Here's mine, seen from both sides - the Lancashire and the Yorkshire sides - Pendle Hill.
According to Wikipedia "The phrase Pendle Hill is unusual in that it combines the word for hill from three different languages. In the 13th century the hill was mentioned as Pennul or Penhul; apparently from Cumbric pen and Old English hyll, both meaning "hill". The Modern English hill was appended later, after the original meaning of Pendle had become opaque."
Fascinating stuff, don't you think? It gets better ...
The Pendle witch trials of 1612 are the best known examples of witchcraft in English history and Pendle is still associated with witchcraft. As a teenager I climbed it with friends every Hallowe'en "looking for witches". We never found any, that we knew of.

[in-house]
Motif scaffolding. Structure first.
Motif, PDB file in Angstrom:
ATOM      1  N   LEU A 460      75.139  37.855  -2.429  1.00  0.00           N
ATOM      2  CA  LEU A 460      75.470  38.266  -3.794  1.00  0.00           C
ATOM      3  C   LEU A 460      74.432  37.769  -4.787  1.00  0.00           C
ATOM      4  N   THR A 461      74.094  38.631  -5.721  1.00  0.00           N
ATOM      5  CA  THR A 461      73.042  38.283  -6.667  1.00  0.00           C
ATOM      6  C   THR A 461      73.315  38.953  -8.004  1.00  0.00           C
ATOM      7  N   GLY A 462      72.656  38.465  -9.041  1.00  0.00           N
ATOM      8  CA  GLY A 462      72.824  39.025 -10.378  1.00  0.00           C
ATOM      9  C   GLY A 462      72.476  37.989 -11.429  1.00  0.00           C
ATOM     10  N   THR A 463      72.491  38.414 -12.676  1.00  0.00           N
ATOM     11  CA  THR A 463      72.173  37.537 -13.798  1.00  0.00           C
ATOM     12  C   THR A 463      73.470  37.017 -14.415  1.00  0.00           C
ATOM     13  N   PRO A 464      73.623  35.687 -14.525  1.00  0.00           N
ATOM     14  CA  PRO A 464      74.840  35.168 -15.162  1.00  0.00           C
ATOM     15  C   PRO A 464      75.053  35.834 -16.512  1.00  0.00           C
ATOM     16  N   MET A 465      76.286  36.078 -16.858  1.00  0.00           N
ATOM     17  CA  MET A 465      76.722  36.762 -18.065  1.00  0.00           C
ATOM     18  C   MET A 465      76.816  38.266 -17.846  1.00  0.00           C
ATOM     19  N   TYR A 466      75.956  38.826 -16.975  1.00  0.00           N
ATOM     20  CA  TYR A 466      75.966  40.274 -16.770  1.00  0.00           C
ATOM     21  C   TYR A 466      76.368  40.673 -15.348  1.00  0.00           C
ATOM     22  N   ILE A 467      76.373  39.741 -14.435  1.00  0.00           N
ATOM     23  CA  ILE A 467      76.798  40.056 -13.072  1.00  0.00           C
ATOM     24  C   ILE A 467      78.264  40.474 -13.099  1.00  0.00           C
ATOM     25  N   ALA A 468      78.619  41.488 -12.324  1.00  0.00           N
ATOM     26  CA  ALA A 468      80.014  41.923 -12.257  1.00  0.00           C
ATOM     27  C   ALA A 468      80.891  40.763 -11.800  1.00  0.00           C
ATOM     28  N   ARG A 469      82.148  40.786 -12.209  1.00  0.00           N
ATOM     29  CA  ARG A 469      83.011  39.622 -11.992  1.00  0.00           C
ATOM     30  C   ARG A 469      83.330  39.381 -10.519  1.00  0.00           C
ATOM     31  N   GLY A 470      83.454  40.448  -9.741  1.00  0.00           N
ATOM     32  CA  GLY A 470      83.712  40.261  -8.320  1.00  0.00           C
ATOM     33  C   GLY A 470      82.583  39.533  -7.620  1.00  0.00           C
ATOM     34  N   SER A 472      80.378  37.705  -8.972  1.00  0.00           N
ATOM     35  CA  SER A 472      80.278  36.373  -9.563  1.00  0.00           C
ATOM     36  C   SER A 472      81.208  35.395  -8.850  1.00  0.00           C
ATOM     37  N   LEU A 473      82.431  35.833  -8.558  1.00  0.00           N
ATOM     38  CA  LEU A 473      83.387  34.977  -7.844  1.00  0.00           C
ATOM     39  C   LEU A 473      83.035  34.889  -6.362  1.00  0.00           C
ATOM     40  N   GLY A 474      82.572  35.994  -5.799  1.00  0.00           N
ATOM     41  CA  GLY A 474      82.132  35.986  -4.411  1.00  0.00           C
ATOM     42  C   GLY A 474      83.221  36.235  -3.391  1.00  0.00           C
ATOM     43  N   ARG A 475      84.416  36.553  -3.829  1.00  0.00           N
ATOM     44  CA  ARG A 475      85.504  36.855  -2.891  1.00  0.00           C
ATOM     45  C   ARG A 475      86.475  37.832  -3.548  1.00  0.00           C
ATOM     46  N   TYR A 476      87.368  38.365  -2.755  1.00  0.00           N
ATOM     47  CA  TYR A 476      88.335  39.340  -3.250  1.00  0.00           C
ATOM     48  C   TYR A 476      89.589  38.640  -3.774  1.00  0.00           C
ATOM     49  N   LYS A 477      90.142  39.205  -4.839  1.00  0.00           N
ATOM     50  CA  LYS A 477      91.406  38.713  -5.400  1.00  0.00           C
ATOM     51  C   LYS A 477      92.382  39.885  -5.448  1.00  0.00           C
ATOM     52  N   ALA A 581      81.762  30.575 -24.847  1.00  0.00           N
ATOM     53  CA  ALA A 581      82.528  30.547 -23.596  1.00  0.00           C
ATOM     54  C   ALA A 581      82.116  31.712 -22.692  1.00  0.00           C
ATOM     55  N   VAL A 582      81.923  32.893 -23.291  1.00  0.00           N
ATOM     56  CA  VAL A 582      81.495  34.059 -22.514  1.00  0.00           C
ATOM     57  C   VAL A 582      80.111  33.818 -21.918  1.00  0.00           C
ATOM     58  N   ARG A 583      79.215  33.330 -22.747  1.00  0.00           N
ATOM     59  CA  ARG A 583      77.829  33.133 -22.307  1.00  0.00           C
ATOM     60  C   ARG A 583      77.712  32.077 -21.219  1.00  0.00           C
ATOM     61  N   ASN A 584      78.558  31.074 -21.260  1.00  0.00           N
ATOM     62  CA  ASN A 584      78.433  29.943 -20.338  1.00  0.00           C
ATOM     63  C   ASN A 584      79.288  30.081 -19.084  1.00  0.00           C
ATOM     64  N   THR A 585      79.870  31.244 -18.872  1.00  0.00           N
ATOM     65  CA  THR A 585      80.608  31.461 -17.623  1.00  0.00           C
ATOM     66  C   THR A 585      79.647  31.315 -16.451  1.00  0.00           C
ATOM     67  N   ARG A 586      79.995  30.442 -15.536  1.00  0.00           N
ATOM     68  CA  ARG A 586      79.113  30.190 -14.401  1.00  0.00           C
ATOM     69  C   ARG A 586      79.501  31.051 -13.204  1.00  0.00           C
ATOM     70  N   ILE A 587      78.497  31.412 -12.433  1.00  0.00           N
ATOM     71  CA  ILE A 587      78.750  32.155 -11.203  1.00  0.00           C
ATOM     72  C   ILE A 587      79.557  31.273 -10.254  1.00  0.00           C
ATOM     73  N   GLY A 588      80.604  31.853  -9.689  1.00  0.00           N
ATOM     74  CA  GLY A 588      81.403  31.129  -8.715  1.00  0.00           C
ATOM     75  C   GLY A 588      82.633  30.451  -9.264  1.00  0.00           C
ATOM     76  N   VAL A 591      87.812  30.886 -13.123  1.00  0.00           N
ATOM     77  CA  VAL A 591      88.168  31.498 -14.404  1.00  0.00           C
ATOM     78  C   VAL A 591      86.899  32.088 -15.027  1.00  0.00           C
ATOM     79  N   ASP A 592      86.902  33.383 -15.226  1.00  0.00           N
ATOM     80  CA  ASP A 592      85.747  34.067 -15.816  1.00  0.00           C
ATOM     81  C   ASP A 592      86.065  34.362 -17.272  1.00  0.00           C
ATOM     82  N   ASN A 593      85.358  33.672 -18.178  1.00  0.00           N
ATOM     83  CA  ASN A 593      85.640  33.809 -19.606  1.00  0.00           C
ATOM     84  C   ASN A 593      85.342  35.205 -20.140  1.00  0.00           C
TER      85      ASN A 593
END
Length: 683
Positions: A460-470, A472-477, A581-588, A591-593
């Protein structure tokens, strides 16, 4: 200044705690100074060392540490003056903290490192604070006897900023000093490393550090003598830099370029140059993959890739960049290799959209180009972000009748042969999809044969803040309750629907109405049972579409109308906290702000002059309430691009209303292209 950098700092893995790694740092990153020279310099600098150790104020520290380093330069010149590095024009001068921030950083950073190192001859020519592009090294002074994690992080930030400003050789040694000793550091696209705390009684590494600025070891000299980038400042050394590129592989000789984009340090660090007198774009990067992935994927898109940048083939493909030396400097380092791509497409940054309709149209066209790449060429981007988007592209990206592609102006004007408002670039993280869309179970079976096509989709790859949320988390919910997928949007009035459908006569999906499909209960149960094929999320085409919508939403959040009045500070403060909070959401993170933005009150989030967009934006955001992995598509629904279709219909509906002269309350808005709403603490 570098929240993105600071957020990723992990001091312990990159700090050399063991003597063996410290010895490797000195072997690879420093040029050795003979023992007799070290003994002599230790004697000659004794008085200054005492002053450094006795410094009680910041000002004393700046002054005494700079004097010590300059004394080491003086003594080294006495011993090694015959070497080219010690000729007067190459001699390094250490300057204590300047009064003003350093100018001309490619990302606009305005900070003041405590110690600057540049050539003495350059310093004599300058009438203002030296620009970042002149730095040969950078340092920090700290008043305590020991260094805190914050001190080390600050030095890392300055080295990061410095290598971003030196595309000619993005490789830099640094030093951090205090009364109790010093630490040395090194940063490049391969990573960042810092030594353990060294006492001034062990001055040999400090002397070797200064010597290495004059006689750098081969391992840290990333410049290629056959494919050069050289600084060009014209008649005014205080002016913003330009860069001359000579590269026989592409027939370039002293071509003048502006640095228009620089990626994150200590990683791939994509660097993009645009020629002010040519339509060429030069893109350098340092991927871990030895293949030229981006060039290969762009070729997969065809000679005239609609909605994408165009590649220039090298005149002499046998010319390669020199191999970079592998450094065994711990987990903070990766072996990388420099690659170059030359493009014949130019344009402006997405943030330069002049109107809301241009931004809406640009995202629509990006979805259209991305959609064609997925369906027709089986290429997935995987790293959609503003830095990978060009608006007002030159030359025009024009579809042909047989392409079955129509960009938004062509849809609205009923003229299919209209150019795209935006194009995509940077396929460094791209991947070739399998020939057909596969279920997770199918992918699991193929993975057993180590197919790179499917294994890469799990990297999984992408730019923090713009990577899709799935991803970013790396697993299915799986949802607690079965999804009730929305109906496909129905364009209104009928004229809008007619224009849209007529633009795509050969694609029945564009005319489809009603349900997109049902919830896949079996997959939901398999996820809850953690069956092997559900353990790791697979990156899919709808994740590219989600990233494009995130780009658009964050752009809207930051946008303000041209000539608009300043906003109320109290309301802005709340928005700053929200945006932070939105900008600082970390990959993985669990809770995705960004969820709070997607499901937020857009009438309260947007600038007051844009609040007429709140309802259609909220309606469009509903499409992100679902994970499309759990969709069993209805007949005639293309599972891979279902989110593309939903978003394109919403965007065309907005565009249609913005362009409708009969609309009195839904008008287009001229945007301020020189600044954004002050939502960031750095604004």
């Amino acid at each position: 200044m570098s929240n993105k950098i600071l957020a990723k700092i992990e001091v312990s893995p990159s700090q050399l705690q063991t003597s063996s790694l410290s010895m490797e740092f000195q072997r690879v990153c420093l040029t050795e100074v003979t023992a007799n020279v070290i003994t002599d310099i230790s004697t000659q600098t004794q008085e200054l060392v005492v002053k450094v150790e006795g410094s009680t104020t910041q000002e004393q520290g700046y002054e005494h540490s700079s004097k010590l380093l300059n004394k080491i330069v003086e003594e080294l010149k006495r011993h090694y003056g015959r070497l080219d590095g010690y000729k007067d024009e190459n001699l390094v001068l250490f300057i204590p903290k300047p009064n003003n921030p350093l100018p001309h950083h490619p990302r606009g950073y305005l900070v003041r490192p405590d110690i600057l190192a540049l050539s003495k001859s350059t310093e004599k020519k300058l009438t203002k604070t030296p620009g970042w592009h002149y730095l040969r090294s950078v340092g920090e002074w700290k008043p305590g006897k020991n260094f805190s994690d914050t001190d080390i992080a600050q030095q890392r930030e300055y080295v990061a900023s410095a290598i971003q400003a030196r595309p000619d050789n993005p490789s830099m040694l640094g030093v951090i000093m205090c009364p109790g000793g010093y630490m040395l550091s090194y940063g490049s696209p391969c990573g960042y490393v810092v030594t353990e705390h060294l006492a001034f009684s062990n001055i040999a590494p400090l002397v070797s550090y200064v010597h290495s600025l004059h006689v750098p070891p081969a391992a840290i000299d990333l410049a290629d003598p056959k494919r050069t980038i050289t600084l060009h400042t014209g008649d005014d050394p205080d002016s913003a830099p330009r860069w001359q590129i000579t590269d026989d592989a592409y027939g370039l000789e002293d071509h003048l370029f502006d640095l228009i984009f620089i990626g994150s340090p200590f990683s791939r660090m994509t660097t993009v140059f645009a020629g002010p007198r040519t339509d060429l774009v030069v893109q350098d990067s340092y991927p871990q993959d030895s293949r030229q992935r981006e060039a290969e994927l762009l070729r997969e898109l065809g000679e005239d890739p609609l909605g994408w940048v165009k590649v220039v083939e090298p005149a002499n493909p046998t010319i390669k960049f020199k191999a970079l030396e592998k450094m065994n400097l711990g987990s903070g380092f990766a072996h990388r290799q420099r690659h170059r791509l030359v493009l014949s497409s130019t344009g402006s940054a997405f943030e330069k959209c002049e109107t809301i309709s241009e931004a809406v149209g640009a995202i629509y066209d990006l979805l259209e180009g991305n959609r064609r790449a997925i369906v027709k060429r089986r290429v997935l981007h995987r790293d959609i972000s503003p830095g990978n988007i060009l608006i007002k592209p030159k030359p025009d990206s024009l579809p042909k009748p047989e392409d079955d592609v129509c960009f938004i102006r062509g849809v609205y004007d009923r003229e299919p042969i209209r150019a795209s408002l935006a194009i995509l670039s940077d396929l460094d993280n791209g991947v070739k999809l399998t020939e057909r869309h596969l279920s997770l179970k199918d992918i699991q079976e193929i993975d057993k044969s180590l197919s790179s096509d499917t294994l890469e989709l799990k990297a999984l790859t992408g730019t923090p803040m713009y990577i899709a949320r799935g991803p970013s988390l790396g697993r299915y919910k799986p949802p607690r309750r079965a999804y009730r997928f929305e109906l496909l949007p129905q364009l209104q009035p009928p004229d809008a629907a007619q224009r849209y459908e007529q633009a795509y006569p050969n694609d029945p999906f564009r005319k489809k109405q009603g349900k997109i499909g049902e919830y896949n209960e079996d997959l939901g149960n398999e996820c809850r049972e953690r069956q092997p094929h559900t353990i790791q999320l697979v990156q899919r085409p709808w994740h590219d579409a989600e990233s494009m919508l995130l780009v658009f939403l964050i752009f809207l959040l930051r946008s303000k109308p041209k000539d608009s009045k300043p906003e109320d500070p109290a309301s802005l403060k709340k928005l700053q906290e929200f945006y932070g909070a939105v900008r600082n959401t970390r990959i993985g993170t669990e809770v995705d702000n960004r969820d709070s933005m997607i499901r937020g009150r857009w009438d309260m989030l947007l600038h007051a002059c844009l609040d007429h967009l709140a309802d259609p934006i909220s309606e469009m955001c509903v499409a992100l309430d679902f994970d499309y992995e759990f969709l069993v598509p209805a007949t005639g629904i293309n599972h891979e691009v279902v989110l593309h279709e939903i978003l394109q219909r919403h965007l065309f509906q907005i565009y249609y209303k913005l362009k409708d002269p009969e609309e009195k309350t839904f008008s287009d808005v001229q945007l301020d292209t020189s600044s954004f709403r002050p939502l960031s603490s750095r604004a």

If you are a Quaker, Pendle Hill will have special significance for you, for here it was that George Fox in 1652 had a vision whilst on top of Pendle.
"As we travelled, we came near to a very great hill, called Pendle Hill, and I was moved of the Lord to go up to the top of it; which I did with difficulty, it was so very steep and high. When I was come to the top, I saw the sea bordering upon Lancashire. From the top of this hill, the Lord let me see in what places he had a great people to be gathered."
Thanks be to Wikipedia.